Balanced Accuracy is another metric that is often used to evaluate the performance of binary classifiers, especially on imbalanced datasets.
Standard accuracy, as we discussed earlier, can be misleading on imbalanced datasets. For instance, if you have a dataset where 95% of the instances belong to Class A and only 5% belong to Class B, a naive classifier that always predicts Class A will be 95% accurate. However, this isn't particularly helpful, as it completely fails to identify the instances of Class B, which may be the event of interest.
Balanced accuracy addresses this issue by averaging the proportion of correct predictions in each class separately, and then taking their average. It essentially calculates accuracy for each class individually and then averages them, treating all classes equally, regardless of their size.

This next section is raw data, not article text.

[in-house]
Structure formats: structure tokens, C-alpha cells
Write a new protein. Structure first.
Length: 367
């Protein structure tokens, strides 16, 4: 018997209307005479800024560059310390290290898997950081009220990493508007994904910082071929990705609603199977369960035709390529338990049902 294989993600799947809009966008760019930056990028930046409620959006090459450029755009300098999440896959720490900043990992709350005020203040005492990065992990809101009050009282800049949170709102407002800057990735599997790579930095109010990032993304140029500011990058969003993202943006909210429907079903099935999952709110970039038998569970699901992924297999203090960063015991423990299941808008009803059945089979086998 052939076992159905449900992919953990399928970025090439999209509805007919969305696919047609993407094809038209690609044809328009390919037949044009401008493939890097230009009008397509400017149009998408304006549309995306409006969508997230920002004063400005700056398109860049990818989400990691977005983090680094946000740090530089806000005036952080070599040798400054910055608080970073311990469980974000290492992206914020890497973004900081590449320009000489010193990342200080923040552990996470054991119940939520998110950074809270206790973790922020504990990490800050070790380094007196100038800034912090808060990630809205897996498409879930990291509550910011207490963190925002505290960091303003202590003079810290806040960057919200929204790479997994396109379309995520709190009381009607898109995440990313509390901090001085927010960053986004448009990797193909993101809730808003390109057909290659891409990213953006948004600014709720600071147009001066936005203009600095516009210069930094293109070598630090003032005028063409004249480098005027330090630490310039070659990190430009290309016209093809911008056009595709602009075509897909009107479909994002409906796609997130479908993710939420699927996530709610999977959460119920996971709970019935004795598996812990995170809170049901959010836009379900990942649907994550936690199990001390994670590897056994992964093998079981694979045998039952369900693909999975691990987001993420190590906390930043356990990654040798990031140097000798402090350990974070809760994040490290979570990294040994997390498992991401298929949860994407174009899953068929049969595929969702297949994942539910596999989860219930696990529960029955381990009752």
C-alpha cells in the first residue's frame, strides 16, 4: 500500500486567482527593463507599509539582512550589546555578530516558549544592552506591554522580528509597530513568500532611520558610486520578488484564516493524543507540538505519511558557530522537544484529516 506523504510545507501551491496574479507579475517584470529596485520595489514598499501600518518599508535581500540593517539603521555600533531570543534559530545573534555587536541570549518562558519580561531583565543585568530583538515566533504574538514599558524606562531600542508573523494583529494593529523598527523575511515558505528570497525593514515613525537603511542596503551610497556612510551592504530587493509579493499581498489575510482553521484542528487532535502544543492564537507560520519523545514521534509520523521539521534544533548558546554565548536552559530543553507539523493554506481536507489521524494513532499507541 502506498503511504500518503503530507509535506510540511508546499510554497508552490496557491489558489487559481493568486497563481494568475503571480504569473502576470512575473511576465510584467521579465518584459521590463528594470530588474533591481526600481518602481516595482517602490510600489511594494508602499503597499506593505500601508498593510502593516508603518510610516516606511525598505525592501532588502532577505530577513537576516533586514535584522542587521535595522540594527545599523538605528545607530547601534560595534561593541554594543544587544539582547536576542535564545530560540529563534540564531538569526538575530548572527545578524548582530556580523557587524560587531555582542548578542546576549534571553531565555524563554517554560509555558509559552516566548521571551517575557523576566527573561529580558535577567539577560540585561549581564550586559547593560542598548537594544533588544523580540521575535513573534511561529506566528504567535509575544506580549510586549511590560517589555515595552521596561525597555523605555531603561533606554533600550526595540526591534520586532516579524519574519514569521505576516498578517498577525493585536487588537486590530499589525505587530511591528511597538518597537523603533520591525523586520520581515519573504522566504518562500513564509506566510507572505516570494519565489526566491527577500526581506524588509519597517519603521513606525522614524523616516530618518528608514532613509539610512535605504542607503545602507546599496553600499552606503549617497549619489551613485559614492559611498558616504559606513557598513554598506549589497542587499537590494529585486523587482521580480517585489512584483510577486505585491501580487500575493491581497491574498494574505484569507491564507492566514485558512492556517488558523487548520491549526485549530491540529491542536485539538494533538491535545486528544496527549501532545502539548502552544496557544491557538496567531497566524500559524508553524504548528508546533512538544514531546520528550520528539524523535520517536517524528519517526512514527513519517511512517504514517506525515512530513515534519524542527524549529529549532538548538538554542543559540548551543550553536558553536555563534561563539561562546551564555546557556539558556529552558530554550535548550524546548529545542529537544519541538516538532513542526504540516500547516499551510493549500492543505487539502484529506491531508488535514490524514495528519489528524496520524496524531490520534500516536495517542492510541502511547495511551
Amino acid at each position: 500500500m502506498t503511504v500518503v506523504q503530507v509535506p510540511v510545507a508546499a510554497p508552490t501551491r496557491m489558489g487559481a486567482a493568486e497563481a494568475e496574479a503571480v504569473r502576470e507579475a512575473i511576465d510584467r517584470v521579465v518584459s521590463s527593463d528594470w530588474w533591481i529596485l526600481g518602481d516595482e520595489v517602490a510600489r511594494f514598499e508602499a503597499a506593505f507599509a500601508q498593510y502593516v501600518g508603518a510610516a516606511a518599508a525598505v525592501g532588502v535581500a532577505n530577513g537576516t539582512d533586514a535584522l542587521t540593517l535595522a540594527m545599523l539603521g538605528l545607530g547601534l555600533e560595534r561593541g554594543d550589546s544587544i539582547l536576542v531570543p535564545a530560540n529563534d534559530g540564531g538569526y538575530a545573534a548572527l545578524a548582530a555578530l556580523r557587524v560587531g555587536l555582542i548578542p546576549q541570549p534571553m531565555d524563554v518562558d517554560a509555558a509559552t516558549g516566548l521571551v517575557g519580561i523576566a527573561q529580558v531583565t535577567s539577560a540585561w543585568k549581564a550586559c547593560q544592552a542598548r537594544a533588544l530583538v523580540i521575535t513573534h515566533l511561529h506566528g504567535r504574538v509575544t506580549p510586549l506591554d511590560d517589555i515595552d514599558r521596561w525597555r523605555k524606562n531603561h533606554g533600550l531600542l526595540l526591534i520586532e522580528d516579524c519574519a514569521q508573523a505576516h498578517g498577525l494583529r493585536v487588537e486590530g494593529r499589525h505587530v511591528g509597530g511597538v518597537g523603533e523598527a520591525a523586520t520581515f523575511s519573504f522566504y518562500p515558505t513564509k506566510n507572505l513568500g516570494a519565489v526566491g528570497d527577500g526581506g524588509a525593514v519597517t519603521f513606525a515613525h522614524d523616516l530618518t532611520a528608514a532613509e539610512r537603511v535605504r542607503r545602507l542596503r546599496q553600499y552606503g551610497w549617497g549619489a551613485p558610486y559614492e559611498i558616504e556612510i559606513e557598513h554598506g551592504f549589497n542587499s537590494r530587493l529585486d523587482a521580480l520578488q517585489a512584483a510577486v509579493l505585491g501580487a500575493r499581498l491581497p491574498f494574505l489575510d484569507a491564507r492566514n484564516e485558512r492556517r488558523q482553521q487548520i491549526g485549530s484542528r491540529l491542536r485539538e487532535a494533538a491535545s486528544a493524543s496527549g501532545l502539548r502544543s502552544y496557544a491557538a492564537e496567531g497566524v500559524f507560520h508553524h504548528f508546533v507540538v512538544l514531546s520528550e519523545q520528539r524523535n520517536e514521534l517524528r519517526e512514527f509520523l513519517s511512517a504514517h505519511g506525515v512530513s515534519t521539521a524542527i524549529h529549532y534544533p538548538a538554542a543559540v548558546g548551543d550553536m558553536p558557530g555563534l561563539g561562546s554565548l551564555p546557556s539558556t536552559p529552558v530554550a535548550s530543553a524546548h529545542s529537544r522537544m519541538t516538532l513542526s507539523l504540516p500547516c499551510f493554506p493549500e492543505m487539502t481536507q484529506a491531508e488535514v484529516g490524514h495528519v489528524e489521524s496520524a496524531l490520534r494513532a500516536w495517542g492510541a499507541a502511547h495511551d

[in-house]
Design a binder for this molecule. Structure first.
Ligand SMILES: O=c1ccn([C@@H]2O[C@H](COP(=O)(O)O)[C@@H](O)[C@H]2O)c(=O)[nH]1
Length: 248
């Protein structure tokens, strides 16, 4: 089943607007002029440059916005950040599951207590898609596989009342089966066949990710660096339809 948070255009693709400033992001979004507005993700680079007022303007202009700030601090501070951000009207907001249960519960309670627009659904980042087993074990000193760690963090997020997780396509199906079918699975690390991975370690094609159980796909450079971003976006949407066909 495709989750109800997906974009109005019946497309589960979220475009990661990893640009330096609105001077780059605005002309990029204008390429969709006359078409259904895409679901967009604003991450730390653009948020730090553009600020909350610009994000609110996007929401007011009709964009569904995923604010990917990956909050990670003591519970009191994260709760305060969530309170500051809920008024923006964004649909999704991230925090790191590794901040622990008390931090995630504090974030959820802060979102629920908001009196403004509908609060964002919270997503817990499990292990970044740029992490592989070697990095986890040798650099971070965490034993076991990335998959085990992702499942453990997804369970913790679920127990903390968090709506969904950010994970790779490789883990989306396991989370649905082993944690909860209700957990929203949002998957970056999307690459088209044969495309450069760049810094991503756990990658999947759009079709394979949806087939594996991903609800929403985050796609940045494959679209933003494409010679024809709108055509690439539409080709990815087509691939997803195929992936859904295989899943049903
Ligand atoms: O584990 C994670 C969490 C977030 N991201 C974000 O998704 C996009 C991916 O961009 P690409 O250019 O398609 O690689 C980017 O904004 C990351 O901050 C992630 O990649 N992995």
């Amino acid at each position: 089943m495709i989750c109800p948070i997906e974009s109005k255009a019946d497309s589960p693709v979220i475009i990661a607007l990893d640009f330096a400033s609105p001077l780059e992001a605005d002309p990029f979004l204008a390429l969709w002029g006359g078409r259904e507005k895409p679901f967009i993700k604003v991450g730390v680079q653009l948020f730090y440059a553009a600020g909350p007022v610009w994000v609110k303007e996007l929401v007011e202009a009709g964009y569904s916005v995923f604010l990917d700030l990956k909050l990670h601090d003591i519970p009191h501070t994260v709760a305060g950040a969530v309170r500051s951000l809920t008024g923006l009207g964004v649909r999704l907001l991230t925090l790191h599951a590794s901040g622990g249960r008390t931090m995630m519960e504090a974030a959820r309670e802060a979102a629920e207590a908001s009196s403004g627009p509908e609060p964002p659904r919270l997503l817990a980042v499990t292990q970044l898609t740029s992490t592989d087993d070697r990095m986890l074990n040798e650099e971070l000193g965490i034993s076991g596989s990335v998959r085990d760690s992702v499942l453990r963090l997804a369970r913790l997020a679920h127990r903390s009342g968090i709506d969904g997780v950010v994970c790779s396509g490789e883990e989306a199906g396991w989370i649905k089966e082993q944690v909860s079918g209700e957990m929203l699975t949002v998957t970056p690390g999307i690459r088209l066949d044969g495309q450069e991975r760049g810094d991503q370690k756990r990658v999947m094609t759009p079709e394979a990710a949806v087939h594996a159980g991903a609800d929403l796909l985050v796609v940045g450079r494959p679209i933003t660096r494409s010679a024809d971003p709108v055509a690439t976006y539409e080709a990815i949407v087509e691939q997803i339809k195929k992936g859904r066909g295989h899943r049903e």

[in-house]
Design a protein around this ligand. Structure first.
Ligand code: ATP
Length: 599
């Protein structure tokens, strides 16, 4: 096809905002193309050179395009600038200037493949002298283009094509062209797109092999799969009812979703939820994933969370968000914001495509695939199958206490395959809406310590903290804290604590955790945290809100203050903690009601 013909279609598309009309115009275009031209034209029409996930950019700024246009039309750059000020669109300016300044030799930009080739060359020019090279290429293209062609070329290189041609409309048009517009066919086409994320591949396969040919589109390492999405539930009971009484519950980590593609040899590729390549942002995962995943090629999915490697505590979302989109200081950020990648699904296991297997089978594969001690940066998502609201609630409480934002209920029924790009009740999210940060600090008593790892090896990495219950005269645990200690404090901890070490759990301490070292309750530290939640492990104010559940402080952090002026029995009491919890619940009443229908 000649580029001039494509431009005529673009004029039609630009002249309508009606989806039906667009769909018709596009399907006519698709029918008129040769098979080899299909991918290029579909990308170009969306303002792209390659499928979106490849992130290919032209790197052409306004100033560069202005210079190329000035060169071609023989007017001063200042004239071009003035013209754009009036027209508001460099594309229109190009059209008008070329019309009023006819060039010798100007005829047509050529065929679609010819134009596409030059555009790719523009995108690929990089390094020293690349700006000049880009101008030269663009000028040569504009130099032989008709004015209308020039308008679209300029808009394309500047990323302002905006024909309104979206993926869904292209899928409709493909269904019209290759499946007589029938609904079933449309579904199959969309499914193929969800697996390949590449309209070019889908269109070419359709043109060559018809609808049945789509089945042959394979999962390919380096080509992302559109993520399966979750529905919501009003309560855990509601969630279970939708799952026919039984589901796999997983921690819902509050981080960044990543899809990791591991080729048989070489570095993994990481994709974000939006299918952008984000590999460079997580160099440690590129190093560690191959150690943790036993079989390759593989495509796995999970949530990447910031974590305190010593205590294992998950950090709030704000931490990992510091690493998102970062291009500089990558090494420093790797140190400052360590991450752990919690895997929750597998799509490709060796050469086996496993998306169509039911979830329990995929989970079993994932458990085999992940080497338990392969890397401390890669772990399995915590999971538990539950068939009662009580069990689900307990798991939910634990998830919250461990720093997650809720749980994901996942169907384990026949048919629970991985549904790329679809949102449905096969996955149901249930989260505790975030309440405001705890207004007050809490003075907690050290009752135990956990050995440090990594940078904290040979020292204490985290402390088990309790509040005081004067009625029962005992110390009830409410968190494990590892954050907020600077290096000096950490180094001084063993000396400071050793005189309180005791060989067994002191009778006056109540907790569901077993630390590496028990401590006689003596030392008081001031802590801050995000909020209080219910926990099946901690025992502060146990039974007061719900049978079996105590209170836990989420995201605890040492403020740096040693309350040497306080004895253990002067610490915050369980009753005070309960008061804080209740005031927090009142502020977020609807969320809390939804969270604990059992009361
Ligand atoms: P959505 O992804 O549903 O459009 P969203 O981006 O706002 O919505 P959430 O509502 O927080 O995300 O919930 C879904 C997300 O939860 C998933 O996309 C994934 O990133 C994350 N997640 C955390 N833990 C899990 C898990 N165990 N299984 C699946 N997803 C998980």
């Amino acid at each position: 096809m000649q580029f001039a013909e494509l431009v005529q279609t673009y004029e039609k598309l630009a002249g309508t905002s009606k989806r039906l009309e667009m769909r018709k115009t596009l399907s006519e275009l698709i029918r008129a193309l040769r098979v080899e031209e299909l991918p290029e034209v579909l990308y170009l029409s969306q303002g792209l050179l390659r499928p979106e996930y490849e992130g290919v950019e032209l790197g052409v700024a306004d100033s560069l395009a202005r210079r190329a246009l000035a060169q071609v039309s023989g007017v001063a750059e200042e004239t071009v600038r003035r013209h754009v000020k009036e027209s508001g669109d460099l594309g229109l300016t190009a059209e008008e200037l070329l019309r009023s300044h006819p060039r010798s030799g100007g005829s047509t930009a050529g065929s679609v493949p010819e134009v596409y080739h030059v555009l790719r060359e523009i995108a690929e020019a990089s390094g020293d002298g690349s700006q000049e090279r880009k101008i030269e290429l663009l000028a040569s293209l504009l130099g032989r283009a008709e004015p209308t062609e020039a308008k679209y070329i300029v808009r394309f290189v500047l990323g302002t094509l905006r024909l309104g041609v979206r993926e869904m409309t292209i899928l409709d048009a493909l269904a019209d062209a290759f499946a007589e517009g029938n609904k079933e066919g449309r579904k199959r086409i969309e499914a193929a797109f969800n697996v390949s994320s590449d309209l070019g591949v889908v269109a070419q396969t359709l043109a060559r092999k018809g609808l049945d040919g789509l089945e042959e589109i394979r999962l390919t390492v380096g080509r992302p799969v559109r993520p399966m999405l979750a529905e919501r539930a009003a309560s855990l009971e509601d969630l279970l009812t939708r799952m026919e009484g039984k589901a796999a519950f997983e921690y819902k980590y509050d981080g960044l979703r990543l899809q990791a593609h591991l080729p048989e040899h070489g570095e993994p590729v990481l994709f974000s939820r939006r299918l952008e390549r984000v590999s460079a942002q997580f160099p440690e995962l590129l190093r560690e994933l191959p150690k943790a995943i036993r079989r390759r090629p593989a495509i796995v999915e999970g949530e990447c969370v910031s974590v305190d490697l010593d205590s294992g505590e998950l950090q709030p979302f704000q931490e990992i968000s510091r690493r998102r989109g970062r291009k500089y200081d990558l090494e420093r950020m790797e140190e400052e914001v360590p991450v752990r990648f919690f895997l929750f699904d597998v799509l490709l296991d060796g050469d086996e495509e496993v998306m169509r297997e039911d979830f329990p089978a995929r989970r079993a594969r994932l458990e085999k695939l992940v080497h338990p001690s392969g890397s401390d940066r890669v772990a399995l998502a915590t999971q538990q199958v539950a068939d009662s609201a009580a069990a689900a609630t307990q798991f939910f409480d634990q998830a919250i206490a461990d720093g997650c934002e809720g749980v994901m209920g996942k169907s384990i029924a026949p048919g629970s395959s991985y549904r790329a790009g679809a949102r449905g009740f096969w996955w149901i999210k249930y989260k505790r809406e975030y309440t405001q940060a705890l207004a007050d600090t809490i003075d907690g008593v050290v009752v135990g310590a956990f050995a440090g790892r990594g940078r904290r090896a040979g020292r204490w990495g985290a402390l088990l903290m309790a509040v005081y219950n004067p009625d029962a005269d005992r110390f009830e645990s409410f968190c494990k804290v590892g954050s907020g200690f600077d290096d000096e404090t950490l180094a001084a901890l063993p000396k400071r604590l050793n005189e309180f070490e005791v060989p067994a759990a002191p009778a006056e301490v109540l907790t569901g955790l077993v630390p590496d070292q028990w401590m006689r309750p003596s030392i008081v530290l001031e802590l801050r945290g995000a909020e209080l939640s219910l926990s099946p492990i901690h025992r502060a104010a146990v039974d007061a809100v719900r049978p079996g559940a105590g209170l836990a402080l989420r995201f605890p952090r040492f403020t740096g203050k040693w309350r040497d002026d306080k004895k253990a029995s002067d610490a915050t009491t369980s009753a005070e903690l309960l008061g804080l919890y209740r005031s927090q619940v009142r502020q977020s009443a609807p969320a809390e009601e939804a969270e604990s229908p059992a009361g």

Mathematically, balanced accuracy is defined as:
Balanced Accuracy = (Sensitivity + Specificity) / 2
Sensitivity (also known as True Positive Rate, or Recall) is the proportion of actual positive cases (Class B in our example) that the classifier correctly identified.
Sensitivity = True Positives / (True Positives + False Negatives)
Specificity (also known as True Negative Rate) is the proportion of actual negative cases (Class A in our example) that the classifier correctly identified.
Specificity = True Negatives / (True Negatives + False Positives)
By balancing the measures of sensitivity and specificity, the balanced accuracy metric provides a more fair evaluation of classifier performance, particularly when dealing with imbalanced datasets.
Updated 5 months ago